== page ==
What’s next? No one knows. But the stakes could hardly be higher:
If the Islamists can defeat the Middle Eastern states that seek to reforms and work within the international system, we will be faced with another world war. Like the cold war, it will be a war launched by a revolutionary ideology that aims to destroy the international state system and replace it with one of its own.
Like what? This is where the Islamic “sharia state” comes in. “It is the opposite of the procedural Westphalian state; it is an idea of the sacred in political form. Pluralism is anathema to the Islamist state; its logical consequence would be a single al Nizam al-Islami, a single Islamist governing system for the world.”
Alarmist overstatement? Or sober description of the facts? I think the latter. But then I am one of those right-wing neanderthals who believe that “Islamophobia” is a stupid and meaningless coinage. A “phobia” is an unwarranted or irrational fear. What could be more rational, more deeply warranted, than to fear the intrusion of Islam into liberal Western society? Ask the journalist Daniel Pearl what he thinks about “Islamophobia.” Or the three thousand people who didn’t make it home from the World Trade Center on Septemeber 11, 2001. Or . . . the list could go on and on.
Charles Hill discerns “many profound voices” within Islam that have challenged the theocratic interpretation of Islam and asked whether Islam (not Islamism) “can be compatible and comfortable within the larger international state system for world order.” He senses a “slowly growing recognition that the authentic teachings of the Quran and Hadith have had to be manipulated by radical interpretations in order to provide a spurious theological cover for practices that are no more divinely decreed than was the practice of foot binding in pre-modern China.” I hope he is right. So far, I regret to say, the record has not been encouraging.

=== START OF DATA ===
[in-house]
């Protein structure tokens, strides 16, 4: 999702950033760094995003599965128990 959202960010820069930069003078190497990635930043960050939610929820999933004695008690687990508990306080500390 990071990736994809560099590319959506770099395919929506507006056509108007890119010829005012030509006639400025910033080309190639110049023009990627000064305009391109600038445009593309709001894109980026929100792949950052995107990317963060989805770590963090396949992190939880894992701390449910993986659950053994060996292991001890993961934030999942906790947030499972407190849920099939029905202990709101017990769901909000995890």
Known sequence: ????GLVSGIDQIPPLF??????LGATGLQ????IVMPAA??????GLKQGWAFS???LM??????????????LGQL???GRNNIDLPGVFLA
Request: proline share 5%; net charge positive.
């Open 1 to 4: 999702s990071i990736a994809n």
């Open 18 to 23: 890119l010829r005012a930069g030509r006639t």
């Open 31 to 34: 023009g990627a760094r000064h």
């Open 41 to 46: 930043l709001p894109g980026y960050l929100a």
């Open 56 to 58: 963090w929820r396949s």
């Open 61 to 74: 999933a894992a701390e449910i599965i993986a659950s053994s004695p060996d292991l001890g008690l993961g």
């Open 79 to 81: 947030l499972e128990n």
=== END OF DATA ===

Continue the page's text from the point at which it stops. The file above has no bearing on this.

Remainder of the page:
P.S. My friend Andrew Bostom writes to ask what we should call the “the 88% of ordinary Egyptian Muslims who favor killing ‘apostates’ from Islam? Are we to call them all ‘Islamists,’ whose ‘ideology’ is ‘Islamism’? Or simply pious, traditional Muslims abiding the normative, mainstream Sharia of Islam?” (See his post on why deposing Morsi won’t end the rejection of secularism in Egypt.) He suggests that we simply dispense with the “fig leaf” of the Islam/Islamism dichotomy — is there, he asks, really a difference? As I acknowledged above, the record is not encouraging, yet alongside that 88% in Egypt there are millions upon millions of Muslims outside the Mideast who have made their peace with modernity. Charles Hill provides some scraps, some intimations, of hope. ”A new mentality,” he says, “is emerging which begins to dissolve the conventional wisdom that a secular versus sacred confrontation is inevitable.” I hope he is right about that. But I know that he is right that “the first step is to recognize the problem and then try to develop ways to deal with the exploitation of asymmetries by the enemies of world order.”